Byrne: So to use an old metaphor, I can buy the album if I want the degree, or I can buy whatever tune appeals to me through exec ed.

DeRue: Precisely. And we’re already seeing companies sign on and work with us. For a Fortune 50 company right now, we’re doing their design thinking and innovation leadership education for all of their senior executives. And we’re doing a lot of that in the residential space. The question they asked was, “How do we cascade this down to tens of thousands of people so that we’re operating off of a common language system?” So we’re actually using our non-degree certificate bundles to serve that market in new and interesting ways.

We’ll move in that direction, and have already started. But to your point, what’s also happening is because of what we’re learning in the online MBA degree space, we’re now able to take what we’re learning there and bring it into our full-time residential space. The technologies that we’re building to personalize the education can be transferred to our other programs. You and I may come from very similar backgrounds into the same MBA program, but we have completely different aspirations, different needs, different preferences. And the same tools and technologies that’s we’re building to serve our online MBA students, who are very diverse in terms of their backgrounds, we can now apply and bring over to our residential programs.

Our faculty are in production right now for their courses. And the number of them who have come to me and said, “I will never teach my in-person residential course the same way,” is nearly every single one of them.

Byrne: I hear this again and again from professors who had to convert their residential courses online.

DeRue: And it’s because you have to think about the student, and the learner in a different way. And our faculty are now curating experiences in the residential courses that are leveraging what they’re learning in the online MBA, in ways that we think are going to elevate and enhance the learning outcomes for our students. And if we see a greater, more positive impact on our students in our residential programs, then this investment, if it never grows beyond 120 students a year, is worth its weight in gold.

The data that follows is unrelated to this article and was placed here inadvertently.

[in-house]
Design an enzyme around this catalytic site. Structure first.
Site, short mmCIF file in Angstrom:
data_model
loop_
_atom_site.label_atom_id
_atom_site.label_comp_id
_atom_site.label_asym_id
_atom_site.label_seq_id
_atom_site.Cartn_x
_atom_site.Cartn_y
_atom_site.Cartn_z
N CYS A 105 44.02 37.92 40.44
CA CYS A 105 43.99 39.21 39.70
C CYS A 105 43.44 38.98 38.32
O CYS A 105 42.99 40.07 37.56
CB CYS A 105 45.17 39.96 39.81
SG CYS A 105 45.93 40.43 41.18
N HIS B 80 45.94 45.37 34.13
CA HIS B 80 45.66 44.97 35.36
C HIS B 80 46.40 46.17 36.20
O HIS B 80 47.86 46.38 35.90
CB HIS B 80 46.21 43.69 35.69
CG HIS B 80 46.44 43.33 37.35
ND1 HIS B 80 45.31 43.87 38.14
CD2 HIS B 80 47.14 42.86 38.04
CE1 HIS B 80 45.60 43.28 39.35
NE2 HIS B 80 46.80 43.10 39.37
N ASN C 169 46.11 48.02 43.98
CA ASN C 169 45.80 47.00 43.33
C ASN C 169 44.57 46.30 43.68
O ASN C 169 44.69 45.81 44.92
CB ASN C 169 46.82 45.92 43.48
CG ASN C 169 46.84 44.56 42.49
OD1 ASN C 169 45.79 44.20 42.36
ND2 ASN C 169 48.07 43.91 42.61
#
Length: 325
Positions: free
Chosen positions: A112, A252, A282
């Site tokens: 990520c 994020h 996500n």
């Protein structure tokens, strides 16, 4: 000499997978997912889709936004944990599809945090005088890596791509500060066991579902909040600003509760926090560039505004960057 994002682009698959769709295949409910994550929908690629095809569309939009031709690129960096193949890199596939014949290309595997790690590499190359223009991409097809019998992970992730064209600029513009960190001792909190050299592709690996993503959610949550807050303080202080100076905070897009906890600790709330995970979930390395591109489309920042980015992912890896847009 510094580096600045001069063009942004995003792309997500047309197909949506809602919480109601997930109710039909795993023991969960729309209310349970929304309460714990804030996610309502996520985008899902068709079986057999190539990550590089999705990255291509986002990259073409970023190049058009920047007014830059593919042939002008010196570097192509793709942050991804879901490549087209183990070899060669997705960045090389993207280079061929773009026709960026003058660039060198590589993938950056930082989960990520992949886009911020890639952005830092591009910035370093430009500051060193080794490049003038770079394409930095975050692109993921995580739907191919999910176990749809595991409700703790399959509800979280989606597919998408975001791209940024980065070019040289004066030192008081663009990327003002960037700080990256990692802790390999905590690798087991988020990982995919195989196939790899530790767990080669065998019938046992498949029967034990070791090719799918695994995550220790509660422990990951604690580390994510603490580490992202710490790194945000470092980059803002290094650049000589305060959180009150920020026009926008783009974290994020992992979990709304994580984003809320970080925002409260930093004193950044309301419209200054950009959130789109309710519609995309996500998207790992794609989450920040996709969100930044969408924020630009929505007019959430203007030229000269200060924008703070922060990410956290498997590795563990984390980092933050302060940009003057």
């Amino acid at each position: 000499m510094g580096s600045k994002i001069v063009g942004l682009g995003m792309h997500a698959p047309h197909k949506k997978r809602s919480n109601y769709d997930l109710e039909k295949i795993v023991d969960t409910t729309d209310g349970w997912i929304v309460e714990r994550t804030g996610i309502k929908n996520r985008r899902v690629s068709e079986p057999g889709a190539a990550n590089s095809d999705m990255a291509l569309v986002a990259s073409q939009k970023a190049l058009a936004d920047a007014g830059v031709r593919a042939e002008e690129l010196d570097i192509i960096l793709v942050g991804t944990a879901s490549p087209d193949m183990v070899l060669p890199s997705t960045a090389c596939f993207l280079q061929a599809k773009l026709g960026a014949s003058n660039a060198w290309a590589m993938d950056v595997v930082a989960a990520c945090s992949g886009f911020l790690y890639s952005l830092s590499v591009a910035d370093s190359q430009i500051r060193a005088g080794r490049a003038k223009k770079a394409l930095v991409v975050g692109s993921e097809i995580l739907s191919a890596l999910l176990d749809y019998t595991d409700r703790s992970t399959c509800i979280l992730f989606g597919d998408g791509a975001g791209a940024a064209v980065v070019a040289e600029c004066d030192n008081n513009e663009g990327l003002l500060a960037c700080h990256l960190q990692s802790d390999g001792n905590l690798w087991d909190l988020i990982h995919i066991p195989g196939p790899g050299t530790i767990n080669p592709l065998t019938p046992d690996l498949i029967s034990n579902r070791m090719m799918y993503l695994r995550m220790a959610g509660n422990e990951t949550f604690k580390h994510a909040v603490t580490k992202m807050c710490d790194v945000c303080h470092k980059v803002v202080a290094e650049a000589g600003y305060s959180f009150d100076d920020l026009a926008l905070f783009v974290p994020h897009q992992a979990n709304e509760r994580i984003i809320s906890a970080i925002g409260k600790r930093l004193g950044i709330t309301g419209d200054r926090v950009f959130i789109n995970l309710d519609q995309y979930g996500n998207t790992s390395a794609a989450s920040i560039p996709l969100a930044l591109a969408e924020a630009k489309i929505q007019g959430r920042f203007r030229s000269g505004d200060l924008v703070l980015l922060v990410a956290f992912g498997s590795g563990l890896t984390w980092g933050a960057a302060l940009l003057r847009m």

Byrne: And that result apparently occurs because everything you teach online has to be connected to a direct learning outcome. So it makes you really think hard about what you’re delivering and what you’re not delivering.

DeRue: That’s right, you start with the goal in mind. We always say in business, “Start with Y, and start with the end in mind.” Reimagining your course for an online format forces a rigor around starting with the end in mind. What’s the outcome that I want to drive? What’s the capability that I’m trying to build in this learner? And then working backwards from that in a really rigorous way. That principle or way of thinking is already finding its way into our residential courses in all of our programs.

Byrne: That’s terrific. Well, thank you for sharing these details on your new the online MBA program. Obviously the first cohort starts this fall. You’ll be 60 in number, and scale up from there. And I have a sense that it’s going to transform a lot of different things in the school.

DeRue: Thank you very much.

DON’T MISS: POETS&QUANTS ONLINE MBA HUB

About The Author

John A. Byrne is the founder and editor-in-chief of C-Change Media, publishers of Poets&Quants and four other higher education websites. He has authored or co-authored more than ten books, including two New York Times bestsellers. John is the former executive editor of Businessweek, editor-in-chief of Businessweek. com, editor-in-chief of Fast Company, and the creator of the first regularly published rankings of business schools. As the co-founder of CentreCourt MBA Festivals, he hopes to meet you at the next MBA event in-person or online.